On Self-Publishing: To Publish or Not To Publish

by Kevin Norris

The other day, a 9th grade Honor English student of mine approached me, asking me publishing advice. As one who has never been published, I wasn’t quite sure of how to come up with an appropriate response. However, common sense told me that the best response would be, “I think you have to be 18 to legally sign a contract, so I don’t know if you will be able to get published without your parents being involved.”

“I know. They are involved. We are thinking about IUniverse. They said they want to publish my book,” she said. At first, I was confused as to what company would want to publish her book. I’m not an expert critic by any means, but I did read part of it, and though it did have good potential, my good senses would tell me that no legitimate company would publish it as it stood.

Then I thought back to the first book I wrote about 13- years ago. Thinking it was the best thing since Goosebumps, I sent query letter after query letter to agents and publishing companies. After filling up a shoe box with prewritten rejection letters (AKA form letters), I came across a non-traditional publishing company: PublishAmerica and after getting warm praises from my family and friends, I was just about to publish it with that company.

However, I started reading about the publishing industries along with reviews of self-publishing experiences. Most of the literature on the publishing industry states that a writer should never have to pay a fee for anything, not even for a publisher or agent to read your writing samples.

As stated, this was about 13- years ago. My student made me curious about what is out there now. When googling the topic, I saw several familiar sites: Authorhouse, OutskirtPress, and IUniverse.

Authorhouse’s website attempts to draw the author in by using the pathos approach, stating how hard he or she worked on his or her book. The author feels as though he or she deserves to be  published and for the price range, according the website, of $899 to $11, 899, the author can see his or her book in print.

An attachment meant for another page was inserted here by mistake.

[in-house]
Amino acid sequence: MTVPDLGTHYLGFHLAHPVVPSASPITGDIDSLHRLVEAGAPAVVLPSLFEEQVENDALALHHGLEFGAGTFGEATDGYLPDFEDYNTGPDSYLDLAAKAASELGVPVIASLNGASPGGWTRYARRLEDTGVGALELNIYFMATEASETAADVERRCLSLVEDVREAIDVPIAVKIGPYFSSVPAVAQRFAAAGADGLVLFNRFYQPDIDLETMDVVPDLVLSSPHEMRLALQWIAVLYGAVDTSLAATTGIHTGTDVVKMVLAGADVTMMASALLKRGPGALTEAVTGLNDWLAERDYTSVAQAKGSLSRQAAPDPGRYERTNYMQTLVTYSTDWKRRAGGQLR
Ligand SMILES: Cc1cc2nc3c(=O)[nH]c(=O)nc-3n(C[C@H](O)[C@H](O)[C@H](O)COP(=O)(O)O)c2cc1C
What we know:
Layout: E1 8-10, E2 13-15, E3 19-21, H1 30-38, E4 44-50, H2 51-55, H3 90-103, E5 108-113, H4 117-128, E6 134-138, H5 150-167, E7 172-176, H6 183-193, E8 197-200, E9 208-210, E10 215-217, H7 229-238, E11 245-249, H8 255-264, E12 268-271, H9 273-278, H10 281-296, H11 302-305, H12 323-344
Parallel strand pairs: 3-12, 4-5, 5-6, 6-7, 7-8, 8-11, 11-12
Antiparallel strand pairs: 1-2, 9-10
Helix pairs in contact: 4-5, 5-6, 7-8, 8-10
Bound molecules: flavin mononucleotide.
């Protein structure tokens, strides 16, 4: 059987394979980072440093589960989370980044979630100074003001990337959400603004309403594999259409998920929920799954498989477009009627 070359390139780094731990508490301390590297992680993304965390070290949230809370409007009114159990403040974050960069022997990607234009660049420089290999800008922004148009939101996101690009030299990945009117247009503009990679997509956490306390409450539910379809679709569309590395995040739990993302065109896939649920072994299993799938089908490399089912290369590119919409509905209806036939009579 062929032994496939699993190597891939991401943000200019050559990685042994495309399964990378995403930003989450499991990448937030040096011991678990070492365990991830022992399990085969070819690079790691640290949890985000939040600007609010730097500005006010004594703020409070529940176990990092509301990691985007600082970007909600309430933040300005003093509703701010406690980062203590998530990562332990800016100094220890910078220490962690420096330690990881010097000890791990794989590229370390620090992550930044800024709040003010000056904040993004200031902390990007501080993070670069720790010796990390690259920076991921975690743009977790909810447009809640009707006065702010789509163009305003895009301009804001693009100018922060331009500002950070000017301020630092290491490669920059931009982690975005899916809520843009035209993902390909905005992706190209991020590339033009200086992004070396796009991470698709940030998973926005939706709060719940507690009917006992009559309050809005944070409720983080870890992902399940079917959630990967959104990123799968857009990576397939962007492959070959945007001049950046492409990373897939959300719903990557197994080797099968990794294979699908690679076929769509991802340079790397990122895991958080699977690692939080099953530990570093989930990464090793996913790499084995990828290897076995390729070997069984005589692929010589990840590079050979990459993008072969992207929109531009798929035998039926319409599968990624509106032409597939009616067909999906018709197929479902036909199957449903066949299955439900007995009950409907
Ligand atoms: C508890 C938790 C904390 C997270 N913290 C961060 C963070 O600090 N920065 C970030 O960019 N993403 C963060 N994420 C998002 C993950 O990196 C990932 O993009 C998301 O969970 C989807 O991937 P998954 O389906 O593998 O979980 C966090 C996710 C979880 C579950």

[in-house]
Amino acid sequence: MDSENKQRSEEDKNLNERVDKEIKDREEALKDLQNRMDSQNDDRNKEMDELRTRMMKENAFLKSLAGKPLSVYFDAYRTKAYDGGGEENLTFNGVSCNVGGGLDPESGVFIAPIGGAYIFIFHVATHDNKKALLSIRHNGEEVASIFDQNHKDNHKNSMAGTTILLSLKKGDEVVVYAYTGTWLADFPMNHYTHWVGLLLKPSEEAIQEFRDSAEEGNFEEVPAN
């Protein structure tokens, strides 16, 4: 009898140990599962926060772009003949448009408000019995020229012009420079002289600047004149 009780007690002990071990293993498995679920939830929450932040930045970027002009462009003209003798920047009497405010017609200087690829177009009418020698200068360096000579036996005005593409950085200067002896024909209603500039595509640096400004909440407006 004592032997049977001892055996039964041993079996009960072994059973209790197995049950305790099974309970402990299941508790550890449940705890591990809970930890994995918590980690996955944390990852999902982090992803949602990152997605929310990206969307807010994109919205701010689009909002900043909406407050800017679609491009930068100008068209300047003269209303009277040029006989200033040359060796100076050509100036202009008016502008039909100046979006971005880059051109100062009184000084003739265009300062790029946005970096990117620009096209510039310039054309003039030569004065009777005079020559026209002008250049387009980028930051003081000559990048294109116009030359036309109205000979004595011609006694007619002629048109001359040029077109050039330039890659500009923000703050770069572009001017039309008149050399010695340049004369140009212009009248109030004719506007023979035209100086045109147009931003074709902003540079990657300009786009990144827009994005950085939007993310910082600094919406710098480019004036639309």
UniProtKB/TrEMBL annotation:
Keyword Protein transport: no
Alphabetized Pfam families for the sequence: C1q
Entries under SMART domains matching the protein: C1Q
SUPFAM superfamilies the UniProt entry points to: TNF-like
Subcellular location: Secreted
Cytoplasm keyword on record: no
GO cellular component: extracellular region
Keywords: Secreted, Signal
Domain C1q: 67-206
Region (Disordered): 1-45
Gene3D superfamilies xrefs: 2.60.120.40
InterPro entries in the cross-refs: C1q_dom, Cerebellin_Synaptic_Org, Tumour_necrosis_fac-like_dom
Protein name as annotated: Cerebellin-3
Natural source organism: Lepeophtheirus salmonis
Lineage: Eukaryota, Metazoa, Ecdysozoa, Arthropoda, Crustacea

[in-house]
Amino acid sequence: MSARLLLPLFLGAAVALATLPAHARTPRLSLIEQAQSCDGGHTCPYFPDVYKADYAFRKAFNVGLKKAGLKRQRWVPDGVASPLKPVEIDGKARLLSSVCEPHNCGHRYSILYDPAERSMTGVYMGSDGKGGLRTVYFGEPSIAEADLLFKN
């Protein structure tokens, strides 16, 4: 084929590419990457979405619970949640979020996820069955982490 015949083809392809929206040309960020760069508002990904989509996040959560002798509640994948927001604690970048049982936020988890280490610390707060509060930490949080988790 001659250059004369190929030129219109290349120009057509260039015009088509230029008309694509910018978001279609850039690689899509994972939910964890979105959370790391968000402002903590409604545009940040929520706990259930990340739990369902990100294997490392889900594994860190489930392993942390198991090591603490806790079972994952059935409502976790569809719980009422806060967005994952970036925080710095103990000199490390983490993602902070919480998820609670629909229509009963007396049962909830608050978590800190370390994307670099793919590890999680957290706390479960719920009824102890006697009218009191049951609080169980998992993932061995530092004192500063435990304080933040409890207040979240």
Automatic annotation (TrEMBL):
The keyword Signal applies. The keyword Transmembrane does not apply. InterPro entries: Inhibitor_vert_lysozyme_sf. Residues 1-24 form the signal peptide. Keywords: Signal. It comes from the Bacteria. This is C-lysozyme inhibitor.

OutskirtPress prices fair a little better. For as low as $399, according to their website, an author can become a published author.  Of course, if the author wants the book edited, there are additional fees.

As far as my search goes, there is no published pricing information with regards to IUniverse publishing. An author has to fill out a request form, so the information can be mail to him or her.

So, what’s the point of self-publishing? When I first contemplated the idea of self-publishing with one of the mentioned companies, my hope was for a big publishing company to read my book and want to publish it, thus, paying me the big bucks. It has been rumored (I can’t find a respectful confirmation) that such authors as Poe, James Joyce and Steven King once self-published.

So as to whether not one should self- publish, hey, if you think that your work will be discovered that way, go ahead. If you want to have your family and friends read your manuscript in a nice shiny book jacket, go ahead. As for me, I will continue to try the tradition route of going through an agent (though I probably won’t become famous until, like Edgar Allen Poe, I’m dead). And, if I want my family and friends to read my books, I will just print them out. They will love them no matter what.

Kevin Norris is a second year MFA in Creative Nonfiction candidate at Old Dominion University. He also teaches High School English; therefore, he has a strong interest in the current trends of public education.  He lives in Virginia Beach with his wife of 22 years and three children.

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